2017 MEN’S NCAA CHAMPIONSHIPS
- Wednesday, March 22 – Saturday, March 25
- IUPUI Natatorium – Indianapolis, IN
- Prelims 10AM/Finals 6PM (Eastern Time)
- Defending Champion: Texas (results)
- Championship Central
- Psych Sheet
- Live stream: Wednesday/Thursday Prelims & Finals, Friday/Saturday Prelims / Friday/Saturday finals on ESPN3
- Live Results
Florida junior Caeleb Dressel announced on Twitter that he will be leading off the Gators’ 800 Free Relay to open up the men’s NCAA’s championships.
Finally get to lead off the 800 free relay tonight at #NCAASwimDive #gators
— Caeleb Dressel (@caelebdressel) March 22, 2017
- Former Bolles club teammate Joe Schooling tweeted back at Schooling in a vein suggesting that Dressel was not being serious.
- As of a few minutes ago, Florida was the only school not to turn in its relay card, according to an announcement.
- Final Update: Dressel did not swim the relay for Florida.
We’re taking Dressel at face value here, and if true, this is an absolute game changer in this relay. The Texas Longhorns, as the defending championships and with at least three members of the USA’s 4×200 free relay team on this relay, were the prohibitive favorites. But, as we said in our preview, the Florida squad is very deep in this distance, and with Dressel they can challenge for the win.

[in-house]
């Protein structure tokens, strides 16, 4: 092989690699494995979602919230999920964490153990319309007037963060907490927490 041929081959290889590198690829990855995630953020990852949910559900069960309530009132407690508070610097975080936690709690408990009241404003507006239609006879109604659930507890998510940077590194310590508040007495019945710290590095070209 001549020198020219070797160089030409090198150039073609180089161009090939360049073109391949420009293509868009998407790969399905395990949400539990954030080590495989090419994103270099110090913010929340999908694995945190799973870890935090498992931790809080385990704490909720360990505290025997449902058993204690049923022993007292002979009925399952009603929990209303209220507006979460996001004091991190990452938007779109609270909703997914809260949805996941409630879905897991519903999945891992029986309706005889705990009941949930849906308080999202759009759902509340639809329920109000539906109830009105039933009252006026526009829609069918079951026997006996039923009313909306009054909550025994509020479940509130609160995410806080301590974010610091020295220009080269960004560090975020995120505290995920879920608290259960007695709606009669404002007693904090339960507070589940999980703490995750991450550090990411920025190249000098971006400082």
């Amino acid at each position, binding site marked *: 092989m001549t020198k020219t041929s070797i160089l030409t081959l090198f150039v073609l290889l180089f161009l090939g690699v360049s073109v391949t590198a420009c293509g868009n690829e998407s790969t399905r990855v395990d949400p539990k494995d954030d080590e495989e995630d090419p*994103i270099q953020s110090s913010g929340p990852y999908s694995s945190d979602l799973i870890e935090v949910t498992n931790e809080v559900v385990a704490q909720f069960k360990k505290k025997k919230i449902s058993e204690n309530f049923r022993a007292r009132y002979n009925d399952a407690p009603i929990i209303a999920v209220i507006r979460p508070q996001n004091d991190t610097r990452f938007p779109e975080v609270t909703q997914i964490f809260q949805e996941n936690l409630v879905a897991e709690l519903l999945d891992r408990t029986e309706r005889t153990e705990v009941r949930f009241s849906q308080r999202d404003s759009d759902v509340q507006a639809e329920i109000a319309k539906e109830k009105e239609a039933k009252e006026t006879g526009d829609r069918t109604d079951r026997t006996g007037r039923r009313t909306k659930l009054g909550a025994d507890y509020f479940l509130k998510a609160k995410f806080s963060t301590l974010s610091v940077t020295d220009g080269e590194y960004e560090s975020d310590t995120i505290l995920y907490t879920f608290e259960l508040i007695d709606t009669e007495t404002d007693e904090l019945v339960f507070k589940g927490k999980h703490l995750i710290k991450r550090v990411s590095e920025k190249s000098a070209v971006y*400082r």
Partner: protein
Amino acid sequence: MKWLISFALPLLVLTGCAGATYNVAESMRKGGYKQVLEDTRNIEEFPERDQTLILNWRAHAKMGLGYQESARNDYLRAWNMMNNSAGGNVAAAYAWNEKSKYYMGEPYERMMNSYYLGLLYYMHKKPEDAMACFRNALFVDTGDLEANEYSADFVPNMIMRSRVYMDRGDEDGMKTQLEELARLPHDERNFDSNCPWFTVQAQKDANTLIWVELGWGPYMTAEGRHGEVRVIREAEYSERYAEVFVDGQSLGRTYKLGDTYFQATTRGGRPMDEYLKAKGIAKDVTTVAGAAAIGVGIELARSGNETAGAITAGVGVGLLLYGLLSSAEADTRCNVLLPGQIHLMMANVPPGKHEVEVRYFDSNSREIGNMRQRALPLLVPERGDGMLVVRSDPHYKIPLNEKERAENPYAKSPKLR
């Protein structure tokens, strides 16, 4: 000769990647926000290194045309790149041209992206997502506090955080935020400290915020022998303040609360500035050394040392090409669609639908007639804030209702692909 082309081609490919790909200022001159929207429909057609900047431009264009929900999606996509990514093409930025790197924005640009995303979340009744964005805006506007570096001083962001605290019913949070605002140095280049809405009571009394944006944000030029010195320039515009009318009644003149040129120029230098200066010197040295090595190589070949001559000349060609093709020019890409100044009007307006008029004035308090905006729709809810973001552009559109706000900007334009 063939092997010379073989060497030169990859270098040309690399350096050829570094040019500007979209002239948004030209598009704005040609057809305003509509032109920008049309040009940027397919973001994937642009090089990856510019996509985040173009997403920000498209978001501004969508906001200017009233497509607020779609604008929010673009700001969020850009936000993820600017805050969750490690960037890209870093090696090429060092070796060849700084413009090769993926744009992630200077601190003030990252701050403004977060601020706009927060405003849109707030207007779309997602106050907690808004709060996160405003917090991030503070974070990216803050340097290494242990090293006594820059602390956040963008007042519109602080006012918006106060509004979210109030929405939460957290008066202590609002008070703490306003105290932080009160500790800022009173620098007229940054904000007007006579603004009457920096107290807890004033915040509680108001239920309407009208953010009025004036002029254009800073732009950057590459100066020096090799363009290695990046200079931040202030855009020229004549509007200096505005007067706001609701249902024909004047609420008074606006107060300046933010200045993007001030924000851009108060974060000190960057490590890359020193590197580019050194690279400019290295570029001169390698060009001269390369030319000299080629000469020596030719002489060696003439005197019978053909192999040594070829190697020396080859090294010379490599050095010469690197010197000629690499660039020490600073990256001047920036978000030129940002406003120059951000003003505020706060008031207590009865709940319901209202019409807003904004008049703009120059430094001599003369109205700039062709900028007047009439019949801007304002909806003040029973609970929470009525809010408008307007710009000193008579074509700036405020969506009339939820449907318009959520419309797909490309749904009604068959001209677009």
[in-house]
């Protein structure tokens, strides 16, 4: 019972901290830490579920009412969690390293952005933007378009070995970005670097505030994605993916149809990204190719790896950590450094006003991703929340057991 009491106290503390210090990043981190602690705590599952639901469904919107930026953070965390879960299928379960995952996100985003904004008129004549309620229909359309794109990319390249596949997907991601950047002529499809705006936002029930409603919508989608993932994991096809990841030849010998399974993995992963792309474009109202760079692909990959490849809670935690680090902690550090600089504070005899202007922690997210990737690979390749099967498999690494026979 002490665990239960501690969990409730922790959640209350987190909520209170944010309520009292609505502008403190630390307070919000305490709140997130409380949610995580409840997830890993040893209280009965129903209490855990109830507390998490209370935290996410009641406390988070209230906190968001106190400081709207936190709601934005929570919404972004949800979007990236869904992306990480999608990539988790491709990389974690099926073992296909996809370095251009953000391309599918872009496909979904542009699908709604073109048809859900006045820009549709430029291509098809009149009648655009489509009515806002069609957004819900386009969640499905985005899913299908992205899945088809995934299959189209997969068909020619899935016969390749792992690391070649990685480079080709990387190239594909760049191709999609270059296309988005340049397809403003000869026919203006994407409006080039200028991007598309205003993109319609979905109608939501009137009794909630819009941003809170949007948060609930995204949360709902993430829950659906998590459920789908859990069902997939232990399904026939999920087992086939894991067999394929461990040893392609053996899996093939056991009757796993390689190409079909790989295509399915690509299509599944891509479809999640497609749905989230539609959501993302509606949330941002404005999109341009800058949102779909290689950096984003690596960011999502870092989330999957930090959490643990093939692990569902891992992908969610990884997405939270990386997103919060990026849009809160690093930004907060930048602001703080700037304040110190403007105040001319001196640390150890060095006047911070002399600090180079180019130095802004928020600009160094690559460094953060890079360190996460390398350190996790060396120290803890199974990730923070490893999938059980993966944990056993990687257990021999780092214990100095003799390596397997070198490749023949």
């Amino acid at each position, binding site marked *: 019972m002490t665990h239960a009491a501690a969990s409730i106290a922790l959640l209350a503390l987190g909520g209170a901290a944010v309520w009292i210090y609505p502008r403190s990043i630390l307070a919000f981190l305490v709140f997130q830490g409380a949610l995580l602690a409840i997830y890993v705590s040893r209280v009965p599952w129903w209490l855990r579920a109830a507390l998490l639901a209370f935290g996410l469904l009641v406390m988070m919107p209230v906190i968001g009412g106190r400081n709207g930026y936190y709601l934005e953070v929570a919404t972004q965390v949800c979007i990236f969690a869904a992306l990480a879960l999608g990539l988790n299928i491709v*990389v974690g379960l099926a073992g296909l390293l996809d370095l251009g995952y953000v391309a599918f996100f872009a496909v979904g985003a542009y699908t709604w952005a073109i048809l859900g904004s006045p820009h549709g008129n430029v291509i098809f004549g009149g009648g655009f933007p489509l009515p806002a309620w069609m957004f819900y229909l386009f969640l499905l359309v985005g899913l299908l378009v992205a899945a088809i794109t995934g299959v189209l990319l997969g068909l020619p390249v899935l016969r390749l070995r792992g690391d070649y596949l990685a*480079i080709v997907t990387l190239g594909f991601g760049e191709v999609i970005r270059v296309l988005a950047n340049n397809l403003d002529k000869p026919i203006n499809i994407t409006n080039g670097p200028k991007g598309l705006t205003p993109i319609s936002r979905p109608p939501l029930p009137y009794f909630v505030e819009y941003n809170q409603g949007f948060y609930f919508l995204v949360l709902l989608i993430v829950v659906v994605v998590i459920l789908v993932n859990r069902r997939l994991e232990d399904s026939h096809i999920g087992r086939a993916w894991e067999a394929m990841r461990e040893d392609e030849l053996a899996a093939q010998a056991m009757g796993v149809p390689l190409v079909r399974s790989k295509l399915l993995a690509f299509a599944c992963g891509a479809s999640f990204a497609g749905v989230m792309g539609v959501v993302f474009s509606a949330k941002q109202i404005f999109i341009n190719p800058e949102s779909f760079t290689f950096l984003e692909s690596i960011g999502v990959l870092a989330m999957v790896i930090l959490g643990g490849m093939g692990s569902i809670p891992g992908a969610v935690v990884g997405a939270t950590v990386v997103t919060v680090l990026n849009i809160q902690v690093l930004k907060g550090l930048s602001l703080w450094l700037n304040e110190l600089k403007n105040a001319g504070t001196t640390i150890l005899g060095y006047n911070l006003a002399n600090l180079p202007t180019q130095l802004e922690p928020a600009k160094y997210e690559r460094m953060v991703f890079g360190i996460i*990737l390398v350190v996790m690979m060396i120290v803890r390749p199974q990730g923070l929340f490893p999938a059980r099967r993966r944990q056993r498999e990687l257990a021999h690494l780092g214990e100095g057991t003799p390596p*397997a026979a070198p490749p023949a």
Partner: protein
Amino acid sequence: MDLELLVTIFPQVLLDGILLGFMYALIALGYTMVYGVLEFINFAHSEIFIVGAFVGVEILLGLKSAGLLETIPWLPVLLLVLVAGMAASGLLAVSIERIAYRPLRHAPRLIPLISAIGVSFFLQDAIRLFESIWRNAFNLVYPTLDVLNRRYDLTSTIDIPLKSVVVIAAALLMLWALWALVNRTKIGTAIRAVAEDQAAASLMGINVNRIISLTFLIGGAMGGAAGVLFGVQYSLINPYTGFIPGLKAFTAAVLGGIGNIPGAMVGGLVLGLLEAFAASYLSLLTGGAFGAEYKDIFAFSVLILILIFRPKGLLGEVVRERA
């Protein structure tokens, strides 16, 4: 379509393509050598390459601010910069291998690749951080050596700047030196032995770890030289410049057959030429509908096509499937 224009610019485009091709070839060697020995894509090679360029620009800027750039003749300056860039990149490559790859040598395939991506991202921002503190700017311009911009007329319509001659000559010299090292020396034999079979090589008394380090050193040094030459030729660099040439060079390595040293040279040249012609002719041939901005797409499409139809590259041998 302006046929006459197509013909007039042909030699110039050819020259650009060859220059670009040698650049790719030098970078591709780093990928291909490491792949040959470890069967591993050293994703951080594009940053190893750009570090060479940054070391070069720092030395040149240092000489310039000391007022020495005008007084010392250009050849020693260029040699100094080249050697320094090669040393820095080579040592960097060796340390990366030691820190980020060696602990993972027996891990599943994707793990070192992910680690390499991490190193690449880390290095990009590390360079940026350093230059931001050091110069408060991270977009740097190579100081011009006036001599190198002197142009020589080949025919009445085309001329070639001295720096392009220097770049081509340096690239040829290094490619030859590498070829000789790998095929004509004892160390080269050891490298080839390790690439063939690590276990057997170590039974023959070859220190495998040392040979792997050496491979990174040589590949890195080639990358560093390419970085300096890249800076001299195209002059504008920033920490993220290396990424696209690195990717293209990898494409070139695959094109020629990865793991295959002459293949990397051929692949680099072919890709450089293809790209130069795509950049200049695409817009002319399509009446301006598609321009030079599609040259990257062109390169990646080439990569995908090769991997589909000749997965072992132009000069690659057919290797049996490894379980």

No word yet on the exact composition of the rest of the Gators’ relay, but it should include three of the following four:
Mitch D’Arrigo (1:32.69 split at 2016 NCAAs)
Maxime Rooney (1:31.54 split at 2017 SECs)
Jan Switkowski (1:31.33 split at 2016 NCAAs)
Mark Szaranek (1:32.7ish split at 2016 NCAAs and 2017 SECs)
Dressel sports a 1:33.42 lifetime best in the 200 yard freestyle, but a 1:48.39 best in long course. Given those numbers, along with his 40-point 100 free, and you have to figure a tapered Dressel should be good for at least a 1:32-low, and almost certainly a 1:31-mid or better.
If Dressel is able to leadoff with even a 1:31.5, that, plus the best splits from above, puts the Gators roughly a 6:07 flat, over a second faster than the Longhorns swam to set the U.S. Open and NCAA records last year.
Update: Dressel did not swim the event, instead giving way to Switkowski, Rooney, D’Arrigo and Szaranek.